We're re-branding as Future Friendly
In our previous brand of Promise2030, we won the OpenSeventeen challenge awarded by a consortium including Bono's ONE campaign, CERN's Citizen Cyberlab, GovLab and SciFabric. The task was to devise a way of crowdsourcing data to ensure the 17 UN Global Goals would be met.
THE PROBLEM WE'RE TACKLING
The world is hurtling towards a frightening future of climate chaos. Climate change is already ruining the lives of many. Floods. Drought. Hurricanes. Melting ice. And scientists predict much more to come.
Companies need to make a profit. But sometimes this can result in negative impacts. The result? Deforestation. Pollution. Green house gases.
And it isn't just the environment that is suffering. Companies can run their affairs in ways that evade their responsibilities as corporate citizens. Outmaneuvering governments on tax. Paying wages that don't cover the basics – health, education, shelter.
We all want companies to thrive. We'd like to build a culture where to thrive, they'll need to benefit the community and world around too.
Future Friendly has been supported by a group of international NGOs who want to see the project progress from this initial concept to a full business plan and implementation.
We're creating a tool for us all to nudge corporates to be the best they can be
Crowdsourcing information to encourage a race to the top
A tool to nurture sustainable companies
Promise2030 will provide a tool to encourage more corporates to become transparent and publish their positive impacts on society and the environment.
We'd also like more openness to be open in their financial affairs and to know about their charitable giving.
While many of the largest companies report on their non-financial impacts, very few of the UK's 4.7million medium and small companies do. So our focus is on accelerating the number of companies beginning on the journey to more virtuous behaviour by making reporting as easy as possible.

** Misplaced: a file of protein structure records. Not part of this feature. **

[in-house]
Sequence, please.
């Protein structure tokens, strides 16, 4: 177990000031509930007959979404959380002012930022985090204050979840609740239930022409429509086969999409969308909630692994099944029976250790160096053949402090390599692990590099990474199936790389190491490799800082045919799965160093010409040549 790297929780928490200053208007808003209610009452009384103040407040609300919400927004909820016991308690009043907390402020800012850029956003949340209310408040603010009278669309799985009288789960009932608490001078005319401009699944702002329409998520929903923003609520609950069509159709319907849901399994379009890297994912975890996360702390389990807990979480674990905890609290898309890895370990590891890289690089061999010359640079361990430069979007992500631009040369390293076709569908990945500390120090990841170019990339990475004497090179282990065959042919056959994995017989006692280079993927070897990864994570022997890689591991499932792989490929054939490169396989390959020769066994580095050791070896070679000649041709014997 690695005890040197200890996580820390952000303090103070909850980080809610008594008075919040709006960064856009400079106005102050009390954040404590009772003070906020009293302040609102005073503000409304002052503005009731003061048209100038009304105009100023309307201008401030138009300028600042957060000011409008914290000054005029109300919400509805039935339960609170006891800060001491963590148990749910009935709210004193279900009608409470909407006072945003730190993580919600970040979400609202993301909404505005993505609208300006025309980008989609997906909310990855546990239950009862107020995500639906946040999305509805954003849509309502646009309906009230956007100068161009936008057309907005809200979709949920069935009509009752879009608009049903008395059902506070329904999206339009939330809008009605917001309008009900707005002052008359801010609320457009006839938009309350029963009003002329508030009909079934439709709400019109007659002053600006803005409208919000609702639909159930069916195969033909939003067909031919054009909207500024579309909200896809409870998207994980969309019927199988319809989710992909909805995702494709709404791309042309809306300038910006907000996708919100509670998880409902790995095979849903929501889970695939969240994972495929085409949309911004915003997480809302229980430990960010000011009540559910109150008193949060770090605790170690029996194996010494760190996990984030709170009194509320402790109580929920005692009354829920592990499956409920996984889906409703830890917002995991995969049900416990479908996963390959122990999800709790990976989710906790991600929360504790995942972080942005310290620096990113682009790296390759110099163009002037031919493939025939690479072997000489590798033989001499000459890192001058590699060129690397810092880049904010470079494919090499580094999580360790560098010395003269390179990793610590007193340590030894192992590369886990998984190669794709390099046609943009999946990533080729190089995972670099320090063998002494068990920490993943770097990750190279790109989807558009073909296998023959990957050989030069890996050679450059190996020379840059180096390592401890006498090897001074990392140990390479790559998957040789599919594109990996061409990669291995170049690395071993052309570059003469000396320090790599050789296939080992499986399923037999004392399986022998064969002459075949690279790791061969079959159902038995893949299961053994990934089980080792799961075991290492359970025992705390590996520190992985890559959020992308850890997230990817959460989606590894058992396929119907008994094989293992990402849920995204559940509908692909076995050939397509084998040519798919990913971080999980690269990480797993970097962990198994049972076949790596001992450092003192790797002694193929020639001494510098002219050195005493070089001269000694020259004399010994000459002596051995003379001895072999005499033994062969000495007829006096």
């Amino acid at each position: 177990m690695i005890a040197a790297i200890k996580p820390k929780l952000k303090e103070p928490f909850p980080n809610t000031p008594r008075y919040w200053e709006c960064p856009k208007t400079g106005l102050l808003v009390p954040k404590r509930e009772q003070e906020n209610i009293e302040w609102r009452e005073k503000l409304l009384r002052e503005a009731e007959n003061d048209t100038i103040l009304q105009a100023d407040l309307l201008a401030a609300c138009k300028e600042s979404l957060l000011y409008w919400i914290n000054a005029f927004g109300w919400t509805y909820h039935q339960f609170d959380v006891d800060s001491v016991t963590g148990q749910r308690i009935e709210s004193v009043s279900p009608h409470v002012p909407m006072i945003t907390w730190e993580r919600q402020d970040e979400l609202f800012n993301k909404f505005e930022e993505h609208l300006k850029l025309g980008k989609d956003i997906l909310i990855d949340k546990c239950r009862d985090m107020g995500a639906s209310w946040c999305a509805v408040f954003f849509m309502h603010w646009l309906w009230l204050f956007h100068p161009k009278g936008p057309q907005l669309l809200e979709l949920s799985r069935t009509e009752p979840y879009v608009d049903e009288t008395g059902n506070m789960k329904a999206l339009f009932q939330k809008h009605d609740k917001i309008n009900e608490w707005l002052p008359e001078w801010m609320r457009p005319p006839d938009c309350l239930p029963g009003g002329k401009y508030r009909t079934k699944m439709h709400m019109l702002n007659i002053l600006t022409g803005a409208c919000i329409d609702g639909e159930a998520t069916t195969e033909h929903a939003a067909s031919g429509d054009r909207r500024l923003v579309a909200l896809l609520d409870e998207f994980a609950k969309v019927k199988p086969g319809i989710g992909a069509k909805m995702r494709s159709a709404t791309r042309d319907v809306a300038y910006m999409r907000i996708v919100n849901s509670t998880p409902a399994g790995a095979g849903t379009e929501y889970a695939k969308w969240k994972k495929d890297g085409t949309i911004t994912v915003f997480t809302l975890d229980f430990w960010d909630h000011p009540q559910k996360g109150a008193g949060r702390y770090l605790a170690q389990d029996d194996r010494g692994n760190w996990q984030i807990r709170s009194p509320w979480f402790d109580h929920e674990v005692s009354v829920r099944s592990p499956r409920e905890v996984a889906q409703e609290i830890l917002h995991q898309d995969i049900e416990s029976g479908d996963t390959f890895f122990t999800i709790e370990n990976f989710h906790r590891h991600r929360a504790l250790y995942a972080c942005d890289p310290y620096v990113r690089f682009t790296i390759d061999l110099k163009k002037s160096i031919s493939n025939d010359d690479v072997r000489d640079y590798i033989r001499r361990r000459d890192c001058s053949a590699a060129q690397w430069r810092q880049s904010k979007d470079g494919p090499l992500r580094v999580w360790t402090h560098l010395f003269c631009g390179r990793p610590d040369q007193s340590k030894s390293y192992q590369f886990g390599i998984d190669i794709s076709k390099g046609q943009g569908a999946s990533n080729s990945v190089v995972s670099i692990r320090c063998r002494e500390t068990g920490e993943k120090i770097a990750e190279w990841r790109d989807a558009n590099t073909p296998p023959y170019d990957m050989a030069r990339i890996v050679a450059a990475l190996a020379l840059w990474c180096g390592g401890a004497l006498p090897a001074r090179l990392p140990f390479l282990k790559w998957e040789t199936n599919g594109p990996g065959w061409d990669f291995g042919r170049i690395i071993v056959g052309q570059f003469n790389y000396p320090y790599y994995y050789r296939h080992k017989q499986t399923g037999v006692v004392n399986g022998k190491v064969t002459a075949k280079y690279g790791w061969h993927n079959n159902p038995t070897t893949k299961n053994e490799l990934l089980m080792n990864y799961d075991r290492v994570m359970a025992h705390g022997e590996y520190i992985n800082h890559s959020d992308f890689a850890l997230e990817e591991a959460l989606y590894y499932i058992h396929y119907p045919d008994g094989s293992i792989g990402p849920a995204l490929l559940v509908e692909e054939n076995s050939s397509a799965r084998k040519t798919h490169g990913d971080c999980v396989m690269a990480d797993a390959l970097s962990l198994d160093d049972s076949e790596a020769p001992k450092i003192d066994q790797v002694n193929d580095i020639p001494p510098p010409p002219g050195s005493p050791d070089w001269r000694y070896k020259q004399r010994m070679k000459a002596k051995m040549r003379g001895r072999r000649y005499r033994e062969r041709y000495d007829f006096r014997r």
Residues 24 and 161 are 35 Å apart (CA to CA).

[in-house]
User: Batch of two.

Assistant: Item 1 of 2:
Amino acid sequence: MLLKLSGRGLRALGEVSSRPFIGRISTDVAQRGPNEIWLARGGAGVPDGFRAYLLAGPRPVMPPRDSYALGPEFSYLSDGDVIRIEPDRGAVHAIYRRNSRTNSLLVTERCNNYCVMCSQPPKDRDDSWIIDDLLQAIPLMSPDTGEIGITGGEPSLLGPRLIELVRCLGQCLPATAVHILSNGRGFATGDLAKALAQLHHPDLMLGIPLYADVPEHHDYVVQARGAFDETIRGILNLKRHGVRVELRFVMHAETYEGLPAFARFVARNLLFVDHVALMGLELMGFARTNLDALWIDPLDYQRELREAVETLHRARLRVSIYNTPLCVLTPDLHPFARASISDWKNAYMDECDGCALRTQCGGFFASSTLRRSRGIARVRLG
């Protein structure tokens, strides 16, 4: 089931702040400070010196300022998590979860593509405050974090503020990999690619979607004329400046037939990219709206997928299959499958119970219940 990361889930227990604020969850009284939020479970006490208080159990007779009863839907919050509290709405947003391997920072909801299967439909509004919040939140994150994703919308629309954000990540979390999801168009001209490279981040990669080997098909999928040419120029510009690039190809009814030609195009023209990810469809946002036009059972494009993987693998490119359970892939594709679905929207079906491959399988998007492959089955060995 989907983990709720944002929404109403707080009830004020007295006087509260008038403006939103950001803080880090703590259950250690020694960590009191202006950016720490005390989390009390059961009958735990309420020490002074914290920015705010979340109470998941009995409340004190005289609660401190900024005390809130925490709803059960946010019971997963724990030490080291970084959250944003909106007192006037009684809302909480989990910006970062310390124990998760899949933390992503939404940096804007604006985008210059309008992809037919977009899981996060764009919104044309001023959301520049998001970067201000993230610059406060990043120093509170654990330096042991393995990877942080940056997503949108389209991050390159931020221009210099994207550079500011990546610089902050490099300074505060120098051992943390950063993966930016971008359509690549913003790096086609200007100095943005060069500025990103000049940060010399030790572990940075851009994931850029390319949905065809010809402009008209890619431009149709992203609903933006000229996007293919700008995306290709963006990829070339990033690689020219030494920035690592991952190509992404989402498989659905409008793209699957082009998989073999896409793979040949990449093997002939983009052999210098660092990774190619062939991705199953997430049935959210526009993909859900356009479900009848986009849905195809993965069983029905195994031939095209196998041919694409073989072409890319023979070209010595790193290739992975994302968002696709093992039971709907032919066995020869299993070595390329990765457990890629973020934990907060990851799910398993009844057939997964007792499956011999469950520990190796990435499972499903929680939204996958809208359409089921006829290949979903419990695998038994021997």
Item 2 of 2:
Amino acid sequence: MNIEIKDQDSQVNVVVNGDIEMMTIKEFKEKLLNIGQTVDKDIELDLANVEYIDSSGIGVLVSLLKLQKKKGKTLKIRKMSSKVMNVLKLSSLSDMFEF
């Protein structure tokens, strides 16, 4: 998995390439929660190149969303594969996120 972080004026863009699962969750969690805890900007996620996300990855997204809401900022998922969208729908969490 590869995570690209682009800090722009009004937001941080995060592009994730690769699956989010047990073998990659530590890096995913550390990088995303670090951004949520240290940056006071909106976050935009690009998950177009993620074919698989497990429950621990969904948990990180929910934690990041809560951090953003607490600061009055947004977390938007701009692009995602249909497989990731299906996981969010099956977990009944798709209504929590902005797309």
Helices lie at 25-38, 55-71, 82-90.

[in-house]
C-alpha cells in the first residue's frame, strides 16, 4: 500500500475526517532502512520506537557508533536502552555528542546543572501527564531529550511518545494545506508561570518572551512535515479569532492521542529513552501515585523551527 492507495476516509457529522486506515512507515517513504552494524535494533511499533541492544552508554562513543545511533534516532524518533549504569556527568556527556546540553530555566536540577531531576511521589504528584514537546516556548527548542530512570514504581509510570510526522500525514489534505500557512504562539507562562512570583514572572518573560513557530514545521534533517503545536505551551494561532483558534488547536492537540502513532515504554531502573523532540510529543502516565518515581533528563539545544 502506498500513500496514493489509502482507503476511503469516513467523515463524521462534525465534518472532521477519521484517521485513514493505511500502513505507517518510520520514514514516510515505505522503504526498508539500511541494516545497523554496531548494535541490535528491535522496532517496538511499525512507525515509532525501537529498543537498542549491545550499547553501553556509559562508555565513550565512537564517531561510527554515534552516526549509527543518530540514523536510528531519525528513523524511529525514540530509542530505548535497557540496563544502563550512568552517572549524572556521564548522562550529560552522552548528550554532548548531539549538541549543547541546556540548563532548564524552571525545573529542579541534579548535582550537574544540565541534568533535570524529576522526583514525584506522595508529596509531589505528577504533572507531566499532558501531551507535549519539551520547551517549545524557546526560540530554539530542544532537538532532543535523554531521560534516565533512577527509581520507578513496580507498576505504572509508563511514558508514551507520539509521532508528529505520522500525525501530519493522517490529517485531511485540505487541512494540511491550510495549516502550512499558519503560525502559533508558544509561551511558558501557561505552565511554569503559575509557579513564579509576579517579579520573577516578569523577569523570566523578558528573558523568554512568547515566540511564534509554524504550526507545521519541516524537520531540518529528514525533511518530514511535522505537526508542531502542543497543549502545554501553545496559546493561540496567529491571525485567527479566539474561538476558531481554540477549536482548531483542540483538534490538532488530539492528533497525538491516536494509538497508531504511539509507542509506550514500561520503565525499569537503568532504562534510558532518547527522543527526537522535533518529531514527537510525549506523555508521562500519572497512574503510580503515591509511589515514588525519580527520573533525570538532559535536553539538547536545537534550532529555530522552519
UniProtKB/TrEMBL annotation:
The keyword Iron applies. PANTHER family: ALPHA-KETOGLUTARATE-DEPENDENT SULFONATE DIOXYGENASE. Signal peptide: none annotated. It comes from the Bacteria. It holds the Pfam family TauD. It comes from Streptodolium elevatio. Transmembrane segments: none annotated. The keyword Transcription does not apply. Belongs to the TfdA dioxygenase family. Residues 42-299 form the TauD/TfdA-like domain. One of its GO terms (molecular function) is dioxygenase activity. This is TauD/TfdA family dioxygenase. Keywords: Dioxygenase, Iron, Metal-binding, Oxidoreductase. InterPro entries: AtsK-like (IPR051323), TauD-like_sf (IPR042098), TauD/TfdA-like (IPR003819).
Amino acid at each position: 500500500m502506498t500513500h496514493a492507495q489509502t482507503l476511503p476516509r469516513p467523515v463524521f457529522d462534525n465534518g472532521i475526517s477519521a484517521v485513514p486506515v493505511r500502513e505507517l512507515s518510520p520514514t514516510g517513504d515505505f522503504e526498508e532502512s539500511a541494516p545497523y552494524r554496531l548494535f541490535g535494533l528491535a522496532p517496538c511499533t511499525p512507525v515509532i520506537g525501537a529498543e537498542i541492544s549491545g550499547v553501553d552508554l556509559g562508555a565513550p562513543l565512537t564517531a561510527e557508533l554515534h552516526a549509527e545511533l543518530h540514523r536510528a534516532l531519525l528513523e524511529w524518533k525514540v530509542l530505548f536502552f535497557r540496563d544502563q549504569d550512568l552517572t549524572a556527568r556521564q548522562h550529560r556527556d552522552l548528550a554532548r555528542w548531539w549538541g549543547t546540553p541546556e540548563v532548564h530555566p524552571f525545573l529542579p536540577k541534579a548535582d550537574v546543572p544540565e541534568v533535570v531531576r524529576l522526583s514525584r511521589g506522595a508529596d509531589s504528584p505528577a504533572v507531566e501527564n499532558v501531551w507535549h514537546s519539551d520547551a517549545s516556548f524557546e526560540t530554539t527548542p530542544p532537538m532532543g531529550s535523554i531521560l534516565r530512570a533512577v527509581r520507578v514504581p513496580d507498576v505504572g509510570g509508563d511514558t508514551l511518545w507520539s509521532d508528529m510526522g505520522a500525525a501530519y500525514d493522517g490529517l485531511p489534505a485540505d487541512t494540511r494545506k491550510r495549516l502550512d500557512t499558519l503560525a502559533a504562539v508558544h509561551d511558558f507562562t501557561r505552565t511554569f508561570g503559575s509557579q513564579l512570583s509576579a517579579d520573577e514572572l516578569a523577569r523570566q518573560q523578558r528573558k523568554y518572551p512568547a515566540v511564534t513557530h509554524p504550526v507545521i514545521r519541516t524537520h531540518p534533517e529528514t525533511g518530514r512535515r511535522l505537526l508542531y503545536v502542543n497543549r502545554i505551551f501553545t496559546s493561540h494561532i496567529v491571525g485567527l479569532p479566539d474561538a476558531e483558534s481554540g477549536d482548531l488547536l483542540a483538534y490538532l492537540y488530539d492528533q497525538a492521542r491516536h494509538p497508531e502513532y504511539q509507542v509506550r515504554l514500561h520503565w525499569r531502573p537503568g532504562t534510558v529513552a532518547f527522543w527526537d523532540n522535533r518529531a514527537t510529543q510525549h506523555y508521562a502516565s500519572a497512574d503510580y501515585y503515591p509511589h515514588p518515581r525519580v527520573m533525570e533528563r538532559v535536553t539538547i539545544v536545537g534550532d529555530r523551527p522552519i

We'll use the power of the crowds to sign up companies and get them started. We'll encourage them to complete more details themselves.
Then, by highlighting their virtuous behaviour we think companies will begin to ‘race to the top’, competing with other similar companies.
In particular we'd like companies to declare their intent to be open and transparent about how they operate. Because when companies are more open, they become accountable to you and me, and work harder to ensure they benefit society and the environment.
With a little encouragement more companies will strive to benefit both their the local community and to make the world a better place for future generations.
The concept works on the simple 'nudge' principle. Starting with an initial approach by a member of the public, corporates of every size can become engaged in publishing their positive impacts for the first time. Then over time, more information is gathered, and input by the businesses themselves.
The users will be motivated to use an app for a variety of reasons. Some will be altruistic - members of campaigning and fundraising charity networks. Others will be motivated by social and competitive pressures and rewards. Others are keen that their local towns and communities survive the onslaught of domination by unaccountable multinationals. Even schoolchildren could use the app in pairs for Geography projects.
Each corporate may 'slide' into involvement. An 'account' can be created by anyone – eg a volunteer member of the public - who asks if the business will be future friendly by pledging to go to zero emissions. At this point, an account is created by the user, and the company can subsequently enter more information. The information built up by volunteers and the businesses is used to award a star-rating and encourages the businesses to compete in the ‘race to the top’.
The app will maintain the user’s engagement through gamification, social marketing, and a token scheme.
CREATING A 'RACE TO THE TOP'
The whole credibility of the system rests on how verifiable each piece of information is, and this can be achieved with the help of crowdsourcing to verify the information.